Our recent 2018 Nature Photonics paper shows how surface passivation can allow record carrier lifetimes, and achieve over 97% of the theoretical quasi-Fermi-level splitting (voltage) measured in the archetypal perovskite, methylammonium lead triiodide. Congratulations to Dane and Ian for a great paper and fruitful collaboration. Nature Photonics volume 12, pages355–361 (2018) DOI: 10.1038/s41566-018-0154-z
Raj’s paper uses Electrochemical Strain Microscopy (ESM) to show that ion-uptake varies as a function of local structure in conjugated polymer films. It appeared only today in Nature Materials, along with a nice News and Views. By using multimodal scanning probe microscopy to reveal how local structure controls ion uptake in electrochemically active polymers the work opens the door to the design of new materials for organic bioelectronics, polymer-based battery electrolytes, and related applications. Polymers from our collaborators in the Luscombe Group made the study possible.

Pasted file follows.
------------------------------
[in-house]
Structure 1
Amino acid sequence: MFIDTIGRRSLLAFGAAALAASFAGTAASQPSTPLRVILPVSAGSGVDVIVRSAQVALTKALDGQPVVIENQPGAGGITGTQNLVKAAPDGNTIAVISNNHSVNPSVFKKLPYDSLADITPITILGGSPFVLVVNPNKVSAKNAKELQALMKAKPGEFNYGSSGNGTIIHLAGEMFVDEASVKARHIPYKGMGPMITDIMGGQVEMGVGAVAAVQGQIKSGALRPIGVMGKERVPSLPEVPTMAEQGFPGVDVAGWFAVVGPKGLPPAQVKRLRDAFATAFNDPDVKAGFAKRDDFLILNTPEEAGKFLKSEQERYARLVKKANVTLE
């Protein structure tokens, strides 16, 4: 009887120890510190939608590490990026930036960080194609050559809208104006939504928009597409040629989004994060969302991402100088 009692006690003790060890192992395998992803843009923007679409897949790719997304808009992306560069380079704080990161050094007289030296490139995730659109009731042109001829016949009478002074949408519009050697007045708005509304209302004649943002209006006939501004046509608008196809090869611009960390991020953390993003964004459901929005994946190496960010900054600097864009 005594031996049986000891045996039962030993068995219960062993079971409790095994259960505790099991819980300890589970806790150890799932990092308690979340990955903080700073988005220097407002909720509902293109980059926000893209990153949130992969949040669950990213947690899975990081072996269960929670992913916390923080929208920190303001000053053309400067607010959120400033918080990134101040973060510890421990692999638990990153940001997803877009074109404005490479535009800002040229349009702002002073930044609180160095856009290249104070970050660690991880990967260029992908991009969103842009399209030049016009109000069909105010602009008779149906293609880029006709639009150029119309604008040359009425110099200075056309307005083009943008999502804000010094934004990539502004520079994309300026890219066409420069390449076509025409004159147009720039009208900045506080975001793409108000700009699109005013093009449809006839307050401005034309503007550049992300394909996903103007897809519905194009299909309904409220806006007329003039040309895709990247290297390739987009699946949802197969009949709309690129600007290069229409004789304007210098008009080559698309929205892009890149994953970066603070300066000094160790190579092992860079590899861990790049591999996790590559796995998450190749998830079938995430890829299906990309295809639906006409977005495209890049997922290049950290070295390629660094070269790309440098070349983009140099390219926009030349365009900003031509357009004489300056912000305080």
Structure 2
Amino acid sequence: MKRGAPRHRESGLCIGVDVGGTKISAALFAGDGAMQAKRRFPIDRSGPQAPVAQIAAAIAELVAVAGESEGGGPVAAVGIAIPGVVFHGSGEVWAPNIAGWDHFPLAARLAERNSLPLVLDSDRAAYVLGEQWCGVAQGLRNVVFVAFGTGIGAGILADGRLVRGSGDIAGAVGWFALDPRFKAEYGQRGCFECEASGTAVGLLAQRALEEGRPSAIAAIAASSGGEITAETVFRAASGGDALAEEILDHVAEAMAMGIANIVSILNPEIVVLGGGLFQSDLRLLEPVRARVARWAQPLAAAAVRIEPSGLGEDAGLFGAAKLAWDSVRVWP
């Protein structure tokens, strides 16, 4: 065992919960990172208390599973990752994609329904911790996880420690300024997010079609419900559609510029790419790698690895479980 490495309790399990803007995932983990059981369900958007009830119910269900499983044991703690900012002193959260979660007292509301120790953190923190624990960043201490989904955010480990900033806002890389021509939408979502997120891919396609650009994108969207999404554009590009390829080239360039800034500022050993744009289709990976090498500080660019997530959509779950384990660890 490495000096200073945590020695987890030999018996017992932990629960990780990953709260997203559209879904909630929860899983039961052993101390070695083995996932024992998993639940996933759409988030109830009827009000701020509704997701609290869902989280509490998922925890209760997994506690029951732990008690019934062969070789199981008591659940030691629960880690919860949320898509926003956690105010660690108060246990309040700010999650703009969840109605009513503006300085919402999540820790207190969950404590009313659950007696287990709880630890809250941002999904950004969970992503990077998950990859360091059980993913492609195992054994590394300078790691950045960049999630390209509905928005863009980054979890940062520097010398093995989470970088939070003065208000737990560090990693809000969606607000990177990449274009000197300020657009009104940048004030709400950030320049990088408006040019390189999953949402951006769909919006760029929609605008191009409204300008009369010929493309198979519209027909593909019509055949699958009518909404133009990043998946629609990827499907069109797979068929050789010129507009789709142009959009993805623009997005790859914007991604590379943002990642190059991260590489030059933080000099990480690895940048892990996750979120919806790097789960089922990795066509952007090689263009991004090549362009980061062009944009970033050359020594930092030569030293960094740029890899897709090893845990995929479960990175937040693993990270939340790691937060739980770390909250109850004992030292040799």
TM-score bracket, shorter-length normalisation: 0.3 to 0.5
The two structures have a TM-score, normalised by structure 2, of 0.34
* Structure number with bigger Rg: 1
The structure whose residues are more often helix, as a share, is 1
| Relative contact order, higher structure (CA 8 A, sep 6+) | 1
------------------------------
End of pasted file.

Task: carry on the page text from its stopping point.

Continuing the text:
Multimodal microscopy methods reveal perovskite solar cell performance limits in the contacts. Read the paper by postdocs Giles Eperon and David Moerman online now at ACS Nano
Writing in the new journal ACS Energy Letters, Ginger Lab Ph.D. students Dane deQuilettes, and Mark Ziffer, along with visiting student Susanne Koch, undergraduates Sven Burke, and A.J. Shropshire, and NMR facility manager Rajan Paranji describe using surfactants to passivate surface states in hybrid perovskite thin films, obtaining the longest photoluminescence lifetimes and highest photoluminescence quantum efficiencies to date in hybrid perovskite thin films.
Thanks to the ACS Energy Letters publication and editorial team for a fast turn-around on a paper in this fast-moving field!
Dane’s work providing the first direct chemical imaging of halide motion in perovskites is published in Nature Communications and is receiving lots of press!